Walking into the Pete’s Apizza location in Tenleytown, I approached the counter and asked for Chef Thomas Marr. “Chef who?” said the cashier. Suddenly I was afraid that I had gotten the location wrong. Was I supposed to go to the one in Columbia Heights? Did I get the time wrong? “Uhh, let me go check for you,” he said. No sooner did the jovial chef come out to greet me, the cashier laughed, “Sorry, when you said ‘chef’ I got confused. He’s known as one of the owners around here.”
Wearing multiple hats is exactly what Marr does–he’s a chef, but he’s also one of the co-founders of Pete’s Apizza and is often busy managing the restaurant and talking with familiar customers. “Restaurant people are restaurant people,” he says, adding that once they start working in the restaurant business, they stay. For Marr, he always enjoyed the hospitality aspect and getting satisfaction out of making customers happy. Now, he’s got a restaurant of his own, and even invested in a POS system, e.g., Revel Systems, so he can have better customer transactions. Marr entered the restaurant world as a dishwasher, graduated to doing prep work and eventually trained at the Culinary Institute of America. He’s worked in restaurants across the world, including DC’s own National Gallery of Art.
‘Outdoor Ping Pong’
courtesy of ‘M.V. Jantzen’
Over the last couple of years, I’ve eaten in a lot of nice restaurants. And after the foie gras, the caviar, the course-upon-course of decadent food, what have I learned? I’ve learned I love pizza. I reallylove pizza. I love it in all its forms – artisan Neopolitan right down to the new crust at Dominos. But if I have to pick one incarnation, it’s always going to be the personal pizza with the funky toppings. That leaves me with 2 Amys, 7th Hill, and my personal favorite, Comet Ping Pong.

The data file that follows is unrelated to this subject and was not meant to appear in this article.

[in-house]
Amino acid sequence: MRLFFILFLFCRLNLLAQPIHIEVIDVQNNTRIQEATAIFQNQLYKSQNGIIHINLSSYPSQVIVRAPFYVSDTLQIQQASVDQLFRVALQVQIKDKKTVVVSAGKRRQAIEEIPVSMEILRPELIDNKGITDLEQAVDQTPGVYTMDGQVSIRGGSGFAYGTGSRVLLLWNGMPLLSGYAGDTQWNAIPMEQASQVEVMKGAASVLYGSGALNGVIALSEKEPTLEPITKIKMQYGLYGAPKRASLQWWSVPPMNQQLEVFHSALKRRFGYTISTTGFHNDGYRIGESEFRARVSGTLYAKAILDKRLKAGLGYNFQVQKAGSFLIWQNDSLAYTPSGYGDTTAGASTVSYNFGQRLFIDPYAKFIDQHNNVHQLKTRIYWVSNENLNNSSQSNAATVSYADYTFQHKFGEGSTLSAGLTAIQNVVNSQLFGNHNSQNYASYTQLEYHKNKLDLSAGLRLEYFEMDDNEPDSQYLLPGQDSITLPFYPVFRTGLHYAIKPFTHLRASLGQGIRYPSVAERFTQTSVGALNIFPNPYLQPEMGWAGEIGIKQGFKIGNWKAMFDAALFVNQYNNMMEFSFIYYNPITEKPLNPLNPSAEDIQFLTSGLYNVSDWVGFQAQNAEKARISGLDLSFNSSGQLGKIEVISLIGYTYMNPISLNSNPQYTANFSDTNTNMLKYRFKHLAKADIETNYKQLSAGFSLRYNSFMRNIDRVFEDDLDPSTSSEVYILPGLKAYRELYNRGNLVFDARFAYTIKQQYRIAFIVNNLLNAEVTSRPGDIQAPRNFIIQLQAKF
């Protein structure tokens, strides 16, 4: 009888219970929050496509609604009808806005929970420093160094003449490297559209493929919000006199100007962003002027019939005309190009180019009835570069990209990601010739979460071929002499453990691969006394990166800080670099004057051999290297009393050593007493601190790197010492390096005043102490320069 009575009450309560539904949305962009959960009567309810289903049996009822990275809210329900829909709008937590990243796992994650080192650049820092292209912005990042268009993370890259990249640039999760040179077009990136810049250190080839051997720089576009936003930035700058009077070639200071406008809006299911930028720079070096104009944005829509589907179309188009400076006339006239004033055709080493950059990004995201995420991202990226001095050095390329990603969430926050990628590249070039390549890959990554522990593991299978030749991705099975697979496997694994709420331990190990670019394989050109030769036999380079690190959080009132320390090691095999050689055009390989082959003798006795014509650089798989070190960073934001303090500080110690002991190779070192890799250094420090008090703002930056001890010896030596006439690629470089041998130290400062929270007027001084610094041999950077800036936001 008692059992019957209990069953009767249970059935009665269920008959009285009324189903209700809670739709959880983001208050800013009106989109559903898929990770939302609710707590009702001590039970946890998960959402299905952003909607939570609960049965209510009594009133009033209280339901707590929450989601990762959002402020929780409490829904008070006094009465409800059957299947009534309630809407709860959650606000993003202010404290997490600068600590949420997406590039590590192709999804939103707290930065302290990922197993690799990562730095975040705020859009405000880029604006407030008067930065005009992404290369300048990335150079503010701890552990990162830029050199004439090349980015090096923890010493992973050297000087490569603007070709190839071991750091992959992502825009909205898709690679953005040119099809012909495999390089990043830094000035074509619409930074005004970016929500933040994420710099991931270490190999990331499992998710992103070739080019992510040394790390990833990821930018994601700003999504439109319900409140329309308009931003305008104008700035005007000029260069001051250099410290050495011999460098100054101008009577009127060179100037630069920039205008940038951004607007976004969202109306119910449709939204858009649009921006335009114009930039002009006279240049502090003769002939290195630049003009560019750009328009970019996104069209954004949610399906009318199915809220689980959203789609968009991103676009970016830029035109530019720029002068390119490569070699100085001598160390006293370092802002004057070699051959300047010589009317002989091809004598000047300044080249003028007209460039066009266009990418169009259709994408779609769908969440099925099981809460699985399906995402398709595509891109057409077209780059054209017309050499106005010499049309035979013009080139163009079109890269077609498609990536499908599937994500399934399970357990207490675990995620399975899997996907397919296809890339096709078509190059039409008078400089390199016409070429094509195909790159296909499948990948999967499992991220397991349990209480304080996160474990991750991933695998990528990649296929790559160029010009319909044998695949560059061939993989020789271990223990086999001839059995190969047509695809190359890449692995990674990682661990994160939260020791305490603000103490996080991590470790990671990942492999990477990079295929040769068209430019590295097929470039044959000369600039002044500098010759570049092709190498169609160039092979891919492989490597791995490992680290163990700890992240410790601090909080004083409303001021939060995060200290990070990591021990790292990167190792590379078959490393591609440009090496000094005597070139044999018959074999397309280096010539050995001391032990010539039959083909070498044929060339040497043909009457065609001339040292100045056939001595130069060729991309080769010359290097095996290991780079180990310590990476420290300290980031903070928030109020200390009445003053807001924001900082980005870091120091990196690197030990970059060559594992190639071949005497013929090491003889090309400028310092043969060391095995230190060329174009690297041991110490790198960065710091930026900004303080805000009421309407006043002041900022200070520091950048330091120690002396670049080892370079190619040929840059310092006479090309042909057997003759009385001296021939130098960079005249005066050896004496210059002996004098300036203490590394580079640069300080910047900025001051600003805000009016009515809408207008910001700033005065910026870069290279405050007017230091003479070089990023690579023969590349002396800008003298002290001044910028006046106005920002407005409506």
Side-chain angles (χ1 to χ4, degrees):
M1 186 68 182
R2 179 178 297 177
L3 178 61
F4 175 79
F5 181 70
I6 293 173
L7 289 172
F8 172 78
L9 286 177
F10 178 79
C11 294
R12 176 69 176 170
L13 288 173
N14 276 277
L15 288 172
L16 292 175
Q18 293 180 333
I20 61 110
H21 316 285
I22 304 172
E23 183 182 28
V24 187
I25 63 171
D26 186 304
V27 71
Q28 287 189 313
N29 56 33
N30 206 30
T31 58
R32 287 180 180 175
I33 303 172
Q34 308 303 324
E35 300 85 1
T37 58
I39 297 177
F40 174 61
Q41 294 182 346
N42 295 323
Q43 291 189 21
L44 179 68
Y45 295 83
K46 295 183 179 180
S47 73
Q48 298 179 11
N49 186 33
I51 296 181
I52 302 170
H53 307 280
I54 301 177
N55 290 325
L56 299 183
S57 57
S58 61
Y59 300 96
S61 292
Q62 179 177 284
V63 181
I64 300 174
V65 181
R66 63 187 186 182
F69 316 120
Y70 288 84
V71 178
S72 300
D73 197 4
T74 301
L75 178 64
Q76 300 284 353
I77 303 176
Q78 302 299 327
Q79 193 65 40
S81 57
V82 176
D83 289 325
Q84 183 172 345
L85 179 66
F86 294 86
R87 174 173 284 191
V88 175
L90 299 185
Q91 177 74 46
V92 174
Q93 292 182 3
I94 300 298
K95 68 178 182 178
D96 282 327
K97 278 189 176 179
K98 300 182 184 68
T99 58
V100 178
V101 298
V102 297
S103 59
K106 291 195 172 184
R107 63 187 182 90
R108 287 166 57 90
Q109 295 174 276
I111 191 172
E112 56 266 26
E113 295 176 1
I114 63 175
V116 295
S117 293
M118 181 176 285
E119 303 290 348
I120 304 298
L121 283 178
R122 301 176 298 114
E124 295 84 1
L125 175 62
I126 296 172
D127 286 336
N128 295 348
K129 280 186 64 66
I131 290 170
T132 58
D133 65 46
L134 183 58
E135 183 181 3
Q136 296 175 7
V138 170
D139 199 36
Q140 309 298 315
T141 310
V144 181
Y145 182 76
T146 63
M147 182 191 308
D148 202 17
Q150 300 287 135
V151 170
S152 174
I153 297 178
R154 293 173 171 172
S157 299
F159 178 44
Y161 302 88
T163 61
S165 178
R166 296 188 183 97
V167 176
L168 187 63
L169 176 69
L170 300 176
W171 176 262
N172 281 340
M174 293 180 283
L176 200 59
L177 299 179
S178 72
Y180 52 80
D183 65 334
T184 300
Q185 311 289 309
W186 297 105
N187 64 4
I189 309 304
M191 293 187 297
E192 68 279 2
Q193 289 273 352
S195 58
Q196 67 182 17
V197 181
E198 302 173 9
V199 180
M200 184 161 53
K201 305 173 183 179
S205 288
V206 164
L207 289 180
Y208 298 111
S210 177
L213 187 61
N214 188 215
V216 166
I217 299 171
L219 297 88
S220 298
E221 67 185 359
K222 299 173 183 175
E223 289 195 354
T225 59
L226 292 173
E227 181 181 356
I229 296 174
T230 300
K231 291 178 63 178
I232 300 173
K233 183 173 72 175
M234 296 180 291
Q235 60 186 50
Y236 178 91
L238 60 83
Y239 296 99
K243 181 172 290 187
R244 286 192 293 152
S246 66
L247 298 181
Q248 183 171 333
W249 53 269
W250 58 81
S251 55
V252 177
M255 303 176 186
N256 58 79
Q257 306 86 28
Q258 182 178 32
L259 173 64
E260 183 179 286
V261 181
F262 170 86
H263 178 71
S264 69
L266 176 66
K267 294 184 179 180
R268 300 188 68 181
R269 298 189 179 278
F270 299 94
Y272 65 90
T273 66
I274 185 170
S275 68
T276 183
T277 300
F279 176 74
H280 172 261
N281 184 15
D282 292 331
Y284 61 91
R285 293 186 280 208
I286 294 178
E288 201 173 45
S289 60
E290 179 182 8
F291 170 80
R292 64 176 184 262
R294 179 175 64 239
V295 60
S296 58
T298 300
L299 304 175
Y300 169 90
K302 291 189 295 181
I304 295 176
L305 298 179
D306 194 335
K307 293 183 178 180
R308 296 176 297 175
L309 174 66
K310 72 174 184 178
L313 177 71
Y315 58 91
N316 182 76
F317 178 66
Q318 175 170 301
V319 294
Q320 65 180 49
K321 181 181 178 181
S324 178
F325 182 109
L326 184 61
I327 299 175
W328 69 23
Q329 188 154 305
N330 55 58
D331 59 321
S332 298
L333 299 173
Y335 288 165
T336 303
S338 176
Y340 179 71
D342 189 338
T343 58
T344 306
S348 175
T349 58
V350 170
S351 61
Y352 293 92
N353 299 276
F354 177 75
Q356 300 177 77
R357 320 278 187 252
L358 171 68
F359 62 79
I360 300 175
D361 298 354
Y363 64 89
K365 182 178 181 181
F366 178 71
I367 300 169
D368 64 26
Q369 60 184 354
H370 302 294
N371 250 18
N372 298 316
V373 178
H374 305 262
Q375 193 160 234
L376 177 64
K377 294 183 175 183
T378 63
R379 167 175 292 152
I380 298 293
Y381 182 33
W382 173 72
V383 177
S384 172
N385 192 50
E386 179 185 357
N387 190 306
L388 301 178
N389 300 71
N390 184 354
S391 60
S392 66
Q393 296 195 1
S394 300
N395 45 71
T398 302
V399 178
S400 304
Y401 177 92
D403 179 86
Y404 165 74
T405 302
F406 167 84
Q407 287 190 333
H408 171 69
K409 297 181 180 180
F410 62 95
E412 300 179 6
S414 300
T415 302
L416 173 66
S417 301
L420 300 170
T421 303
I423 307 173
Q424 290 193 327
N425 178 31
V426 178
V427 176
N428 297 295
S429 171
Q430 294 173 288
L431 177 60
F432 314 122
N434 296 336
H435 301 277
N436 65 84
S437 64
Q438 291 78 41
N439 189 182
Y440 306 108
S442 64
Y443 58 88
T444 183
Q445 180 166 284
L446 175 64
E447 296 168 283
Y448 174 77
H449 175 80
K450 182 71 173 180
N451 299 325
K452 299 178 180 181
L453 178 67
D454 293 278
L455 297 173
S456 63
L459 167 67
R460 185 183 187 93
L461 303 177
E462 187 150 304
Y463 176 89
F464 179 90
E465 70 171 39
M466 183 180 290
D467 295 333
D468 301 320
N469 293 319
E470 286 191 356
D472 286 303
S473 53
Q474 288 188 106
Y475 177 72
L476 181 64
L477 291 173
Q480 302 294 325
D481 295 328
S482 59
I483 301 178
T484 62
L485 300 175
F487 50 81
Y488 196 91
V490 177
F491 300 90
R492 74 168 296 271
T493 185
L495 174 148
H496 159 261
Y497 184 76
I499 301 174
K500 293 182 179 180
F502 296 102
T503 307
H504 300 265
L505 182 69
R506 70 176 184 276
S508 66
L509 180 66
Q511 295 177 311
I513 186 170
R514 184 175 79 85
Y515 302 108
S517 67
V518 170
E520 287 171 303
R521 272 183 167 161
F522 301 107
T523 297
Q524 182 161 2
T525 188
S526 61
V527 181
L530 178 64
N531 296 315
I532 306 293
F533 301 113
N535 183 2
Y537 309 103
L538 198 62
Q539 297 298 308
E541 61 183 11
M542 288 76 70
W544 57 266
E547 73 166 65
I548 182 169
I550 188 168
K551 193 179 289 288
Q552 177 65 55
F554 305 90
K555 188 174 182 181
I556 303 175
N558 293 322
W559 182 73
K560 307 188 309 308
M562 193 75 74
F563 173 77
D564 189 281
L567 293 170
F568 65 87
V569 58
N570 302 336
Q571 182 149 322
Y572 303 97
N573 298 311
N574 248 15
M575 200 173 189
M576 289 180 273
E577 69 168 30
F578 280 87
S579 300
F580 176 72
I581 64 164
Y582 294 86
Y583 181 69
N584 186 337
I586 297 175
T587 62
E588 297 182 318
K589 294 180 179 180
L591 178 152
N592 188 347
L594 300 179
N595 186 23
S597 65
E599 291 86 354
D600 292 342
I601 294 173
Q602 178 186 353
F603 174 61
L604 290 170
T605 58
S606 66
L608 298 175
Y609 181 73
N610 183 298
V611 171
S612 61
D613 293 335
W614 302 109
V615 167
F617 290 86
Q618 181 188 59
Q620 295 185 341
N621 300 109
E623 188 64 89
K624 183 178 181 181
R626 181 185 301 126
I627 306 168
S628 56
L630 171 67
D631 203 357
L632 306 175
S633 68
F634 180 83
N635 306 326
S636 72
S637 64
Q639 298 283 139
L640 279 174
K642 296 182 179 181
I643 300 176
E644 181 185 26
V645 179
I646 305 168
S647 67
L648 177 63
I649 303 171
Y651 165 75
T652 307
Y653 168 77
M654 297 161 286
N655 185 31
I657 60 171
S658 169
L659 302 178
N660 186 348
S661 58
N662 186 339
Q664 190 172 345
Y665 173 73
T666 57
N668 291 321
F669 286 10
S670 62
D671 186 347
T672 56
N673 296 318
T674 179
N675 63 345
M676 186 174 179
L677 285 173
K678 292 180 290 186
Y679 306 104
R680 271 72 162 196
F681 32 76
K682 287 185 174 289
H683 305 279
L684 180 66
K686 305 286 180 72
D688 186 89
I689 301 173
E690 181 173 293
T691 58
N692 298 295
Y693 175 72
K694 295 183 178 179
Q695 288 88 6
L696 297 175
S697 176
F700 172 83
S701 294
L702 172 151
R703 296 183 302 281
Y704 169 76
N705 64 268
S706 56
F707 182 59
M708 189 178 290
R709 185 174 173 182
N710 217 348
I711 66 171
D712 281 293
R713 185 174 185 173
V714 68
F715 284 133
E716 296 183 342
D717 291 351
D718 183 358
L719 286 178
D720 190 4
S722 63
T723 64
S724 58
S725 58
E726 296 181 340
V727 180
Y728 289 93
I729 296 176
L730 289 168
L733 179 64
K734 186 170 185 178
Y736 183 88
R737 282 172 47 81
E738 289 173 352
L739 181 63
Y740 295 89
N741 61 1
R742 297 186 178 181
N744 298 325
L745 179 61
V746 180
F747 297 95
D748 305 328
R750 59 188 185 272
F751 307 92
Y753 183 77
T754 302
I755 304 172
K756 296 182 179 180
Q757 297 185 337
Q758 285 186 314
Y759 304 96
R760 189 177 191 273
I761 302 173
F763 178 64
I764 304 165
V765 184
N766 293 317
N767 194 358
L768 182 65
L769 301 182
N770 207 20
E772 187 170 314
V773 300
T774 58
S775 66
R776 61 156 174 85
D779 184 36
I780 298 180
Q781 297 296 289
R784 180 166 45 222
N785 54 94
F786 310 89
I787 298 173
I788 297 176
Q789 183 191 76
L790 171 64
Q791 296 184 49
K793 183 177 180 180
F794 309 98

The first time I tried Comet, I had high hopes for the pizza. The food didn’t disappoint, but I was most impressed with the feeling of the place. It left me a little bummed that I wasn’t, ahem…a few years younger and that I couldn’t turn this restaurant into my high school hang out. My Peach Pit, if you will.
Welcome to another edition of Where We Live! This week we’ll be taking a closer look at Tenleytown/AU Park. Even though this neighborhood surrounds American University, it’s not just college students who live there– the beautiful tree-lined streets and great transit access attract people from all walks of life.
History: This part of town has a pretty cool history. Tenleytown originally got its name back in 1790, when residents took to calling the neighborhood “Tenally’s Town” after tavern owner John Tenally. Fort Reno, as the highest natural point in the District, was part of the Civil War Defenses of Washington. After the Civil War, Fort Reno was a free black community, but you wouldn’t know it today– the remnants of this neighborhood were wiped out when several schools were built in the name of urban renewal. The area became a commercial center in 1941, when Sears opened a huge store there (the site of the Sears was redevelopment and now houses the Best Buy and Container Store). The area developed throughout the twentieth century with the help of the streetcar and its proximity to American University (which admitted its first class in 1914).